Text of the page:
Published: August 13, 2012
The Department of Nursing at Queensborough Community College has been awarded a 2012-13 Workforce Development Initiative (WDI) grant to further prepare nursing students for the technologically-sophisticated healthcare workforce.
"There is a growing expectation for nurses, especially new graduates, to use complex information management systems that require competency in informatics technology to improve the quality and effectiveness of patient care. This grant will enable all students to access web-based point of care references and resources to implement evidence based clinical decision-making,” said nursing professor Margaret Reilly.
Professor Reilly is co-author of a proposal—TECH-SET RNs (Technology Education to Enhance Skills in Simulation, Electronic Health Records and Tele-Health for RNs)—designed to build on a previous WDI grant awarded in 2011-2012 which focused on conducting research and faculty development in applied informatics technology and educational techniques to integrate simulation, electronic health records and Tele-Health into the curriculum.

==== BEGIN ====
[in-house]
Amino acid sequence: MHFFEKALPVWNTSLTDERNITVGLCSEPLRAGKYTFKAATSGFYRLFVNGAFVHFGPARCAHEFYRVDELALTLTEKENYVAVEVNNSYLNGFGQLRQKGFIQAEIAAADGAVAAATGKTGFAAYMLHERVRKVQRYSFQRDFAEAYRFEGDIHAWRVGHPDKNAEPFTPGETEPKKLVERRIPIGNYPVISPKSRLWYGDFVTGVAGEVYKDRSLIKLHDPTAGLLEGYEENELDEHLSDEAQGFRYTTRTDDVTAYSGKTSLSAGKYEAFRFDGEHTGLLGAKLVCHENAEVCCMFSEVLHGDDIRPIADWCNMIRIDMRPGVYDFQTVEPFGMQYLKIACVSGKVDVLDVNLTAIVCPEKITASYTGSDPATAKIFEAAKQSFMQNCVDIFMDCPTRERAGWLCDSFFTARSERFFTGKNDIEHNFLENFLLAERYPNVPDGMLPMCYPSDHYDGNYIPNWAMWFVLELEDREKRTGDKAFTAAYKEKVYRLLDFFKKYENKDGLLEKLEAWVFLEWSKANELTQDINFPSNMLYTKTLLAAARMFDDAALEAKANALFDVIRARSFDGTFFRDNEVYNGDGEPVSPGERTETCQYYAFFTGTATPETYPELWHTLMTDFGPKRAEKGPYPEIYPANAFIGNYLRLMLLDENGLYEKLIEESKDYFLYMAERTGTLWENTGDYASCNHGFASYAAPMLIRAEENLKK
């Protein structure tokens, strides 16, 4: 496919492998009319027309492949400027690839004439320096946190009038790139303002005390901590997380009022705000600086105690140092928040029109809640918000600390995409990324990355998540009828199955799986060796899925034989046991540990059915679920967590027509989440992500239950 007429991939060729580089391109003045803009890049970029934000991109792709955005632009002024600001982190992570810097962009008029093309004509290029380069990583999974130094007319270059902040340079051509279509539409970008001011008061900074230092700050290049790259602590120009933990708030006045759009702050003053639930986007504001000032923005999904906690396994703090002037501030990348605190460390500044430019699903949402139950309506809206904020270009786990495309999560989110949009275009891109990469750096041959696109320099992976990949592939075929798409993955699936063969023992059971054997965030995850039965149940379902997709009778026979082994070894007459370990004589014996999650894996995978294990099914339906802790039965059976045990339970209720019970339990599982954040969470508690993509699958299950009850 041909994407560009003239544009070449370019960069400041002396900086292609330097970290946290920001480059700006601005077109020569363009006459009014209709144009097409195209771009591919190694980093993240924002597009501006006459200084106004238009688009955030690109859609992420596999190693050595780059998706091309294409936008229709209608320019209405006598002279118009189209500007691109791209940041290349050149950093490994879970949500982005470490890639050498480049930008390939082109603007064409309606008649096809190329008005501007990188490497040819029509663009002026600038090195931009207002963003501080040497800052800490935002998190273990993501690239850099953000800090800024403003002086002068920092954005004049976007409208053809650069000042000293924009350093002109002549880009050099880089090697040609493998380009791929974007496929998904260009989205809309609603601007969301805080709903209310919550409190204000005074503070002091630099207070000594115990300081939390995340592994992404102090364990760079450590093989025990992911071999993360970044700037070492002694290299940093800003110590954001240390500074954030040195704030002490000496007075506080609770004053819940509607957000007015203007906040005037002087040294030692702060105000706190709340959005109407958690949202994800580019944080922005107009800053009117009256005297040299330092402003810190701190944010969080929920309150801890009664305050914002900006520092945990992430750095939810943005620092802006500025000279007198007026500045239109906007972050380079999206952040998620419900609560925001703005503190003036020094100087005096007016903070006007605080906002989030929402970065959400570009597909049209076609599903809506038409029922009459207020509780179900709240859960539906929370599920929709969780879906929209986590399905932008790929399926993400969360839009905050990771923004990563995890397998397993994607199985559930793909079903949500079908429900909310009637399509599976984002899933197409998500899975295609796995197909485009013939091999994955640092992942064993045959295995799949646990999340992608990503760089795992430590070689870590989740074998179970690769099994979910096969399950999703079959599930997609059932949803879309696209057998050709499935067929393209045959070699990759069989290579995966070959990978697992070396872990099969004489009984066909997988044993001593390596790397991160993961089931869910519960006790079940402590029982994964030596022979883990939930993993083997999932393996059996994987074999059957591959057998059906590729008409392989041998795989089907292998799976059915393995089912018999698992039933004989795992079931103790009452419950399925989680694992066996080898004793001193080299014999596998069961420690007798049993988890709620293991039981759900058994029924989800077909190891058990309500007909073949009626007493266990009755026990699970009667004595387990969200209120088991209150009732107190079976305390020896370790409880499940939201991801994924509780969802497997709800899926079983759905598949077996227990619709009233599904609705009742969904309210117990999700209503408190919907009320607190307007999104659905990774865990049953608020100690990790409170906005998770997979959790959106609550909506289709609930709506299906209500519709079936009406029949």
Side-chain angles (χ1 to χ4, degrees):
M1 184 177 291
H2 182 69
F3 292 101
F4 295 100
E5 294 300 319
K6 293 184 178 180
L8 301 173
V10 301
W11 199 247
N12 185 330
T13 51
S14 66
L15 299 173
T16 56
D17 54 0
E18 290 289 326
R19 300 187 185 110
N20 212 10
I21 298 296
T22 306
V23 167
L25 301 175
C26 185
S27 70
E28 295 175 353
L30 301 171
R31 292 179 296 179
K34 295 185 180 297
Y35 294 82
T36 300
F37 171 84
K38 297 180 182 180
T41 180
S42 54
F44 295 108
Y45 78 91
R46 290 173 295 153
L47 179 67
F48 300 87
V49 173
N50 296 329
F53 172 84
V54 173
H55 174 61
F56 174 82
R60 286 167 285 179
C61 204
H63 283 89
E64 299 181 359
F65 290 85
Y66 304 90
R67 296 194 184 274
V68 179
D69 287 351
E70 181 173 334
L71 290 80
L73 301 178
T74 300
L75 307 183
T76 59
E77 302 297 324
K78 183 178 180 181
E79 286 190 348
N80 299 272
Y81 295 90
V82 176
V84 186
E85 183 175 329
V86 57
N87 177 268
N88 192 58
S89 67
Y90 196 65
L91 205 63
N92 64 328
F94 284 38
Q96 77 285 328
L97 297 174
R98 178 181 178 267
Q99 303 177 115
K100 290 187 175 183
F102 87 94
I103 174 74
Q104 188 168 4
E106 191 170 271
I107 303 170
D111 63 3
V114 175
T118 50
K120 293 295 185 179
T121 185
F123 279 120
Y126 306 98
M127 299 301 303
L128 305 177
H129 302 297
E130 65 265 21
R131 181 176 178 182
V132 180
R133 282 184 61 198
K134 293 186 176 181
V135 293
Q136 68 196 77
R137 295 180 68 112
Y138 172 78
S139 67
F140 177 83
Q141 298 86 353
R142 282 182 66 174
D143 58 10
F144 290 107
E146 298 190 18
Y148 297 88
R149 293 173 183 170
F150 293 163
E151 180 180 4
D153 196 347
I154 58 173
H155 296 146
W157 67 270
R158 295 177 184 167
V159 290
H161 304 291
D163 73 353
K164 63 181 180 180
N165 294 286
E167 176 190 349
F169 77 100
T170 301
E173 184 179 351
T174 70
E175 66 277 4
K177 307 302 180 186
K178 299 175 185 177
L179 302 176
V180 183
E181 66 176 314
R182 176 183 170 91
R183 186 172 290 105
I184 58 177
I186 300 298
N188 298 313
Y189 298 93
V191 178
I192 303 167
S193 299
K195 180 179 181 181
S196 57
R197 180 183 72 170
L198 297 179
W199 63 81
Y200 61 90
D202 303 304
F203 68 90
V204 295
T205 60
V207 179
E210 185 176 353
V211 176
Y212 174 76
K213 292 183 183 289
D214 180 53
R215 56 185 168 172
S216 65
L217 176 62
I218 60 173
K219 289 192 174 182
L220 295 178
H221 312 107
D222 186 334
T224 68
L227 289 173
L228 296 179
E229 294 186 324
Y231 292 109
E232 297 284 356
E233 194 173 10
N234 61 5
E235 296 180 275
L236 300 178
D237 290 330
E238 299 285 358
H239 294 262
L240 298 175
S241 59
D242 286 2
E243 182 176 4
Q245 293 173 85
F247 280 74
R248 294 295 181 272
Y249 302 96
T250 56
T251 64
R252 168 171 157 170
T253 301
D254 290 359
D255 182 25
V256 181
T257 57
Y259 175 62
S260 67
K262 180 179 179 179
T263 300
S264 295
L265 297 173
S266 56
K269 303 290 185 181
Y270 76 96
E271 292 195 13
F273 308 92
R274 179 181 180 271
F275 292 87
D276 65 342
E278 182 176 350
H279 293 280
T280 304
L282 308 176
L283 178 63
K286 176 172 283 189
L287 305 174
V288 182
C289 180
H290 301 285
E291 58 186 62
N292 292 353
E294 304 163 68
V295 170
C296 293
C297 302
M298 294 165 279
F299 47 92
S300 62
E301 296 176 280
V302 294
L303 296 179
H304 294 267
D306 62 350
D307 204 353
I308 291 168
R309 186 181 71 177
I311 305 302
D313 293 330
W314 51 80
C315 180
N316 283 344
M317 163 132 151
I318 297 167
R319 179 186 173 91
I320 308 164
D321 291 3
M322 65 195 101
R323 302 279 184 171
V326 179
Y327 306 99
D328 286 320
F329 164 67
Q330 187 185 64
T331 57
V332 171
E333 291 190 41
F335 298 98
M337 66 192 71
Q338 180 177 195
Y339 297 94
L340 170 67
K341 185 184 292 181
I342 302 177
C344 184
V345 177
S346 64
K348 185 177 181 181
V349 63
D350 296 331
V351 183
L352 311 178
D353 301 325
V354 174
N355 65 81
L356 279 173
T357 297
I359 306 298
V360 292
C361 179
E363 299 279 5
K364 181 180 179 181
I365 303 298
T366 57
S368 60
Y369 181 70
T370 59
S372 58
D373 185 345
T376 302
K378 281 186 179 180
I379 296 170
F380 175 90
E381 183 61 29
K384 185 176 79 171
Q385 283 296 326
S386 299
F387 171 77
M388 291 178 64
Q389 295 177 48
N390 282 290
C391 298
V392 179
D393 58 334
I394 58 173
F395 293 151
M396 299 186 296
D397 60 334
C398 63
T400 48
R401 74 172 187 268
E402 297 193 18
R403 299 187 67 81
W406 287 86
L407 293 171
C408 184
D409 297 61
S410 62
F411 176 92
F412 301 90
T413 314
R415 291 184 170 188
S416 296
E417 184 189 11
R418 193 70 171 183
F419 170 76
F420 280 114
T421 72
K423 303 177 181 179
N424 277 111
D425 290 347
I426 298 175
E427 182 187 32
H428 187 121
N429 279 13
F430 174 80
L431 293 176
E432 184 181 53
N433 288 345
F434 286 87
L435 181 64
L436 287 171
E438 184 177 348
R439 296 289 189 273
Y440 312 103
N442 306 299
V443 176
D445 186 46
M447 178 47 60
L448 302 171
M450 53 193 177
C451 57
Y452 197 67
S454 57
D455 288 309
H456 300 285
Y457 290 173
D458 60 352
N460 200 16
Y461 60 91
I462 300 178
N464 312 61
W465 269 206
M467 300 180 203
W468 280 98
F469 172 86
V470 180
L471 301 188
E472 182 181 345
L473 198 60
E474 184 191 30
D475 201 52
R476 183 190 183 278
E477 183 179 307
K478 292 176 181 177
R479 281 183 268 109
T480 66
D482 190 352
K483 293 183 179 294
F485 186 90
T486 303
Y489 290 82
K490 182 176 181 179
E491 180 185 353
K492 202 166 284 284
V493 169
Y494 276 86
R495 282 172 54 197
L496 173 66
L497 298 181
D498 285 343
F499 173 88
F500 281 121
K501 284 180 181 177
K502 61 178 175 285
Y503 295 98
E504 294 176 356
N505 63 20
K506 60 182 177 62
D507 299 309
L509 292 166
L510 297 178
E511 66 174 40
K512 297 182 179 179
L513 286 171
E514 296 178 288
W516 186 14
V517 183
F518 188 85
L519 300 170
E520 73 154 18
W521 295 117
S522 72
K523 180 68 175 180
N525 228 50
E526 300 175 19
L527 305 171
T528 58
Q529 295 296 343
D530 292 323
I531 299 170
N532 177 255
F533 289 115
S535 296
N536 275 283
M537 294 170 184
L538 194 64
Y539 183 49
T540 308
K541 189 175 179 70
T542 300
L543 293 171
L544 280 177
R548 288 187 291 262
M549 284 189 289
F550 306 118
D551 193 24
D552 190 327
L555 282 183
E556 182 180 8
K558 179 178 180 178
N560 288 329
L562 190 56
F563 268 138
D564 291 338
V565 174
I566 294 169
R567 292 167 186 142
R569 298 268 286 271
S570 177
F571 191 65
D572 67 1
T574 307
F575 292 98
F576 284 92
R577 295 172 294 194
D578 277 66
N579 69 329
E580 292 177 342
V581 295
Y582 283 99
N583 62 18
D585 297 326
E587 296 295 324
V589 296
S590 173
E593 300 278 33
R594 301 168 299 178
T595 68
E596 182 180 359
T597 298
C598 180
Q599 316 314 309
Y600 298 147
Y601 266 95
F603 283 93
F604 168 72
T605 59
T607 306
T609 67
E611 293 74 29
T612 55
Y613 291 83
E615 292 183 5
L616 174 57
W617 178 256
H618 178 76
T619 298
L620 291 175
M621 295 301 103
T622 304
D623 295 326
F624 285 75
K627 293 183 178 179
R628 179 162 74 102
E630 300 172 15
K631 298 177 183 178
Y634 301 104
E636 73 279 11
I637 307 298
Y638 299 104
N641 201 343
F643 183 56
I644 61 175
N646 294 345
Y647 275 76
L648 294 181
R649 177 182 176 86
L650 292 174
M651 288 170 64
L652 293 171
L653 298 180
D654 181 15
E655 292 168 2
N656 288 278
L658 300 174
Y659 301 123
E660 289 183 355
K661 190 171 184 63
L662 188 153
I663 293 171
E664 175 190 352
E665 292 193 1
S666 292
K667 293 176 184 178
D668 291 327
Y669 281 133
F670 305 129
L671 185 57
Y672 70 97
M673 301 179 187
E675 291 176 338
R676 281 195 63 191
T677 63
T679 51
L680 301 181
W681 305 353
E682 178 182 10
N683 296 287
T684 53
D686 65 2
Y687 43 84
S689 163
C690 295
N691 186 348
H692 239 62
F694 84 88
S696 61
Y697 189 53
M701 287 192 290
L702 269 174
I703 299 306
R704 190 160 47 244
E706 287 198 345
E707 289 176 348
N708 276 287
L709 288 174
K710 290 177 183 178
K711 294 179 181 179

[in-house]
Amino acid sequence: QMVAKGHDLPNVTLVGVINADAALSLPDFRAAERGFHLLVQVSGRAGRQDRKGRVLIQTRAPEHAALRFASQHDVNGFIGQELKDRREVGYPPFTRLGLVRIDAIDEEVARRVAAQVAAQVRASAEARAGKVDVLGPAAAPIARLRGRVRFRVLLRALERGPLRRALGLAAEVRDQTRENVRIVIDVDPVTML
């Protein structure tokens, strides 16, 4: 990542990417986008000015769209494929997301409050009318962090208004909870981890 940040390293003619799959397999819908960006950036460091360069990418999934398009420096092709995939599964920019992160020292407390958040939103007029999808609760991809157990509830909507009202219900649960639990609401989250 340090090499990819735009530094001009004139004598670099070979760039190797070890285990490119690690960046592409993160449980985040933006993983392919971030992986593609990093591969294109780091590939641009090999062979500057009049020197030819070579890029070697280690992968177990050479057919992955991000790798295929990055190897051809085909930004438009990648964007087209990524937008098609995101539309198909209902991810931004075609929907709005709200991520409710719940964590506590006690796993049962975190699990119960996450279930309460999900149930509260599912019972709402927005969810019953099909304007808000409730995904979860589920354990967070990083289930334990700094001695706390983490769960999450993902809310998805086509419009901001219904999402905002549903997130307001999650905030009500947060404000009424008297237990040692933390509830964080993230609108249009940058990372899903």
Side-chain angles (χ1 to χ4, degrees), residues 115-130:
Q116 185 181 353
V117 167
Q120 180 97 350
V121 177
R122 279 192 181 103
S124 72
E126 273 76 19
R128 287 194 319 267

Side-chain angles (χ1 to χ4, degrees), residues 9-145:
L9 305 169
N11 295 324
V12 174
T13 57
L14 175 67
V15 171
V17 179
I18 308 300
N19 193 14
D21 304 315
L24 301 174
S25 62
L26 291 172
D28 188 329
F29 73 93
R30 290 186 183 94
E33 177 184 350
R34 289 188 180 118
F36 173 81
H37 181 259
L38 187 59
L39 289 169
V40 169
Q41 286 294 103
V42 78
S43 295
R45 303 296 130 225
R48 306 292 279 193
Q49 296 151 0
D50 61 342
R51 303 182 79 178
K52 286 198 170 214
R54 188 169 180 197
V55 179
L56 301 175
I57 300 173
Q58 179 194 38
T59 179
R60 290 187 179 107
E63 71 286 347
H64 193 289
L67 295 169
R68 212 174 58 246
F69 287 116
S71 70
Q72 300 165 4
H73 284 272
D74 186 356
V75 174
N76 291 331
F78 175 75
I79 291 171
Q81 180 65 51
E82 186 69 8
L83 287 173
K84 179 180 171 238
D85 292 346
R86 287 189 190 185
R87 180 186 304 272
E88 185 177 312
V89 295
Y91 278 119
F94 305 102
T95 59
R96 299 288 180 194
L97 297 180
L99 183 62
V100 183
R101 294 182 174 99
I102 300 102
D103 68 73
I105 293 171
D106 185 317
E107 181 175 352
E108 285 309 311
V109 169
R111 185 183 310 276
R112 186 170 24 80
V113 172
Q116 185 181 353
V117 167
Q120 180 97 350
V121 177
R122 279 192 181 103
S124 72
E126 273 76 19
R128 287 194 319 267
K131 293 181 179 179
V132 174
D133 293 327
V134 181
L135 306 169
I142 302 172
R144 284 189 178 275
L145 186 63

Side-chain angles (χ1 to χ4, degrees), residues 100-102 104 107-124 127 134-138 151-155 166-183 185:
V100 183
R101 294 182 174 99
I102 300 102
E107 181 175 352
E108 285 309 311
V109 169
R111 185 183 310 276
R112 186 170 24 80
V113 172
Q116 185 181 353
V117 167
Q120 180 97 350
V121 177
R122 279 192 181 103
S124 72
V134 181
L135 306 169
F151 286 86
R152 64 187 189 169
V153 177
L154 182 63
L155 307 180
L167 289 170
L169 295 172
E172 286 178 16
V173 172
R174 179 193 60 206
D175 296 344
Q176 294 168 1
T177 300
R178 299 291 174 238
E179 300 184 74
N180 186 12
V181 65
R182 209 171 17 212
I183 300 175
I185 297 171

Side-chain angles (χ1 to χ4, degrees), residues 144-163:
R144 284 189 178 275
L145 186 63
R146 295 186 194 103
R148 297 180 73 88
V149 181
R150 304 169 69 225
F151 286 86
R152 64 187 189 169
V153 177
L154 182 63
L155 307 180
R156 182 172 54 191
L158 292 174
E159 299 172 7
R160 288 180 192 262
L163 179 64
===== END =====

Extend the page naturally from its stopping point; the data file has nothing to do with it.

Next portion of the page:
“As the only CUNY nursing program with Tele-Health equipment, this WDI will focus on simulated patient scenarios and workshops for faculty and educators in the New York City area,” said Galatia Iakovou, assistant professor of nursing who co-authored the proposal with Professor Reilly.
The nursing department—which features a Virtual Hospital—includes a replicated home care “apartment.” In a room separate from the apartment, nursing students utilize a Tele-Health station to monitor vital signs and respond to other simulated patient health changes. The training will give nursing graduates an advantage when seeking employment in community home care settings.
Professor Reilly added, “The need for RNs will continue to be in greater demand as the population over the age of 65 is expected to double over the next decade. The 2010 Institute of Medicine report on The Future of Nursing reports that new models of care delivery that incorporate informatics technology will require nurses to be educated in new methods of care management and care delivery. At Queensborough, we are addressing strategies that transform knowledge and skill to provide the health care required for the 21st century.”
Queensborough offers a Dual/Joint program with Hunter Bellevue School of Nursing, leading to a baccalaureate degree in nursing. The goal of the program is to alleviate the chronic nursing shortage in New York by increasing the number of professional nurses educated at the baccalaureate level, ready to pursue a graduate education.
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